Wahaab, a talented but infrequent winner, has infuriated punters
PICTURE: Edward Whitaker (racingpost.com/photos)
By David Ashforth 6:00PM 23 OCT 2016
IN THE days when there was no television in betting shops and Extel supplied the dubious commentaries the favourite invariably got a promising mention and images were conjured up of rapid changes in fortune inside the final furlong. Sometimes at the races I’d stand near the betting shop and compare what I was watching with what I was hearing. You can imagine.
Anyway, I wanted to own a horse and name it after a frequently used expression in those commentaries – Andfinishingfast.
I wonder if it would have escaped the Jockey Club’s then less-than-eagle eye? If Cleavage, Soixante Neuf and greater surprises could slip through the net, surely the innocuous Andfinishingfast might have done, too. What fun!
Nowadays the standard of commentaries is incredibly high – you try calling a 20-runner sprint – although I wish some commentators wouldn’t feel the need to shout – “Bawler” Bartlett and Mark Johnson are the worst culprits. I expect I’ll feel differently if I go deaf and, if they don’t ease up, I probably will.
As the Flat turf season chugs to a gentle close, I’d like to hear the commentator call home Charlie Chaplin (Leicester 2.10) even though I expect the horse’s feet turn out alarmingly. I’d like to see Quixote (Leicester 3.15) successfully tilt at windmills and Einstein (Redcar 4.30) reveal that he wasn’t just good at physics. I’d like to see Wahaab (Redcar 5.30) show that he’s not always ungenuine and Ay Up Audrey reward Rhiain Ingram for travelling all the way from Epsom.
It will be impossible for both of them to win as they’re in the same race (a dead-heat?) and with the best imagination in the world it’s hard to see Ay Up Audrey, 6lb out of the handicap, perform the necessary miracle.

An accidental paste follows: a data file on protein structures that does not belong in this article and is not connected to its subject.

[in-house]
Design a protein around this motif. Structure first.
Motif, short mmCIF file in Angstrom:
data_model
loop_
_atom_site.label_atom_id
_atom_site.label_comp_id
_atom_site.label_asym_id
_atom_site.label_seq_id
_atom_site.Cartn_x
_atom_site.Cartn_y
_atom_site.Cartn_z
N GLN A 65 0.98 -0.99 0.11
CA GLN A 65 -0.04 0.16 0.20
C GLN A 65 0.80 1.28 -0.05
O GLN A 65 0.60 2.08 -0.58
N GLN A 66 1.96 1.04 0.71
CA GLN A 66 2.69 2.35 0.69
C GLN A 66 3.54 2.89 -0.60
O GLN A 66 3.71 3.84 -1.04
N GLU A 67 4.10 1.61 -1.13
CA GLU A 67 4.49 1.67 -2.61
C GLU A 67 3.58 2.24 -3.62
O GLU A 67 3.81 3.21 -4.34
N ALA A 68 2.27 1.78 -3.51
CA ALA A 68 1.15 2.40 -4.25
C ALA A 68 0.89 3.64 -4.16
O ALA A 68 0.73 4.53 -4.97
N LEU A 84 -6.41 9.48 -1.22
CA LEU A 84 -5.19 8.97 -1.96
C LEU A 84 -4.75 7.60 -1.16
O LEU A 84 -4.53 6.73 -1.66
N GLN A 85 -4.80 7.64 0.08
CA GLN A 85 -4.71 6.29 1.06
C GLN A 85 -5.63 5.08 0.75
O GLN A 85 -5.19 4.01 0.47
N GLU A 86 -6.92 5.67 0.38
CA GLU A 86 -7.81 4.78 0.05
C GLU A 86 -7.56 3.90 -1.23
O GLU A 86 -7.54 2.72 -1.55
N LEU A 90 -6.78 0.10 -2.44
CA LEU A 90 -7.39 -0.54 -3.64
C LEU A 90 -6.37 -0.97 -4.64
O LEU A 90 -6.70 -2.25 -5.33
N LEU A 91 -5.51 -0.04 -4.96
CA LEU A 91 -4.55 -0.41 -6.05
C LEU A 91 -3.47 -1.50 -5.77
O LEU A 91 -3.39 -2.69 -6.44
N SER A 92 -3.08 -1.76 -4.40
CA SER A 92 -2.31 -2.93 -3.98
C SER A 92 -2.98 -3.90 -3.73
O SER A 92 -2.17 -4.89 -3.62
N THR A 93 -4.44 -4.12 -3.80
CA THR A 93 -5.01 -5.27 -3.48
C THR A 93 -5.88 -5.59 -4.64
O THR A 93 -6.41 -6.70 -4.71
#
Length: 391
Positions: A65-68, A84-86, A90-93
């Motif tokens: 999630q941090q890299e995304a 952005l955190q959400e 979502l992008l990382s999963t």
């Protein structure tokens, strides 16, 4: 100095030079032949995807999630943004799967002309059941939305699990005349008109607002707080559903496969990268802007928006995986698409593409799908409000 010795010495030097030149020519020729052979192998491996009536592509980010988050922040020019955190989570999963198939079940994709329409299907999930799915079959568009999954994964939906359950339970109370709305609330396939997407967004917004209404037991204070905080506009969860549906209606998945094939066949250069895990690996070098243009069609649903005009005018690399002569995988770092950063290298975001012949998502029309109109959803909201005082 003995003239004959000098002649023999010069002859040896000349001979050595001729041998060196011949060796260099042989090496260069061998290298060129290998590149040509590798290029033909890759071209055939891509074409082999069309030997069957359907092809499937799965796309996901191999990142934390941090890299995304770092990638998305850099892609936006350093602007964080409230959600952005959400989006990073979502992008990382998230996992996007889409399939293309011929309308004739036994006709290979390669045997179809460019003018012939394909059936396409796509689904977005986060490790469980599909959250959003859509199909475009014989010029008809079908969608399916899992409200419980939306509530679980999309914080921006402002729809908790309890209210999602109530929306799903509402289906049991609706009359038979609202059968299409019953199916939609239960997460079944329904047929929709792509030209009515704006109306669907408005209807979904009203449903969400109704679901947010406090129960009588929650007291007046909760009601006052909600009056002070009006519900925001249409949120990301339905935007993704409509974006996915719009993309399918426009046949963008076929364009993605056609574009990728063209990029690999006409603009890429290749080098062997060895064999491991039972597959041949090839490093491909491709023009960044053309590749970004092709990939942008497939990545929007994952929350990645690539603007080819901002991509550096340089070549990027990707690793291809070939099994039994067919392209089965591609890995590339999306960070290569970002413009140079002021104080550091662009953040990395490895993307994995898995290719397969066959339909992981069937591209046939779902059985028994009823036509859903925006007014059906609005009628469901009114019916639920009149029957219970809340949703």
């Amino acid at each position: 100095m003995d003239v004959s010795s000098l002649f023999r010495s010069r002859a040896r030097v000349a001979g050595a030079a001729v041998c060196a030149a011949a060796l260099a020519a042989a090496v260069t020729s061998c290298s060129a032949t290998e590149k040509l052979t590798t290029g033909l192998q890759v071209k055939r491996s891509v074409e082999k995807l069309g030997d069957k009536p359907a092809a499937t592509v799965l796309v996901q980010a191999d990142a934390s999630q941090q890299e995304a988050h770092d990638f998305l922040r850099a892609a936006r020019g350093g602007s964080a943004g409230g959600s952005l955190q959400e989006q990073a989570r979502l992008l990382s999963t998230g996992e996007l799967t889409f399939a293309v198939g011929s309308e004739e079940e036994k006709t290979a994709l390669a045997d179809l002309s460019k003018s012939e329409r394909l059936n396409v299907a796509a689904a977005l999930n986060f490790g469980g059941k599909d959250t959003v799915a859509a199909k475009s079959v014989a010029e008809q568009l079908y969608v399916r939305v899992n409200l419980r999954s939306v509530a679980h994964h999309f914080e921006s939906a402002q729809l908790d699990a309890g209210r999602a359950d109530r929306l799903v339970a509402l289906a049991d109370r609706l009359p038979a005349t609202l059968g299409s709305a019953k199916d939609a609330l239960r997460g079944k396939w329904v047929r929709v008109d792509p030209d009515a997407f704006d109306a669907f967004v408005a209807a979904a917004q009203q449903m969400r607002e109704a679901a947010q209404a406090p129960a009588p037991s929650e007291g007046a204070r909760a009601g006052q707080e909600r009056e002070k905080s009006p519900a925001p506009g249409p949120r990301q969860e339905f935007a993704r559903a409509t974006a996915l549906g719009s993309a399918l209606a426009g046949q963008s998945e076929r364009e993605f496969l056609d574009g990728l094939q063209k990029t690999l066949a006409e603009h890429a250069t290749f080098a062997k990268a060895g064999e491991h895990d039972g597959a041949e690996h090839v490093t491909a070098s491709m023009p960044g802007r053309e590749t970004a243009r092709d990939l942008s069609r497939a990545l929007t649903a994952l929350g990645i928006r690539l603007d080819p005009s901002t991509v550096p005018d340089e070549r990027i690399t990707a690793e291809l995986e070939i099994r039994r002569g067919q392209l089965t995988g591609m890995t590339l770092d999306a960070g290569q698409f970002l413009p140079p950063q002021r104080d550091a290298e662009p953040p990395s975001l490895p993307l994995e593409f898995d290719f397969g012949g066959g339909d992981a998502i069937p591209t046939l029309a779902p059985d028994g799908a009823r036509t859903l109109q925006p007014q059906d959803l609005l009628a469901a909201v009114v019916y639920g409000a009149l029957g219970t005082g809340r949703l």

Wahaab, on the other hand, could win if he wanted to. On the whole, he can’t see the point and prefers to enjoy tantalising connections by leaving the impression that they are just a tweak away from tempting him into the winner’s circle.
Wearing Sheikh Hamdan Al Maktoum’s colours, Wahaab was caught by surprise on his juvenile debut at Goodwood and before he knew what was happening found himself leading at the winning post. Sent to Royal Ascot for the Coventry Stakes Wahaab finished mid-field, which was higher up the field than he finished on any of his next 11 appearances.
As Wahaab moved from Richard Hannon to Ken Cunningham-Brown and on to Richard Hughes, his handicap mark slipped from 91 to 57 and the class of race he contested from Group 2 to Class 6. Still he didn’t win.
Then, over two years and 18 races after his winning debut, Wahaab found himself in the Ian Carnaby Selling Handicap at Brighton. Having been a beaten favourite on his four previous outings (once joint-favourite), Wahaab, outbrained by Shane Kelly, failed to make it five in a row.
Hughes was rather rude about Wahaab – “He’s very ungenuine.” There was no bid for the winner but Wahaab has joined Iain Jardine and continues to tantalise. GO ON WAHAAB!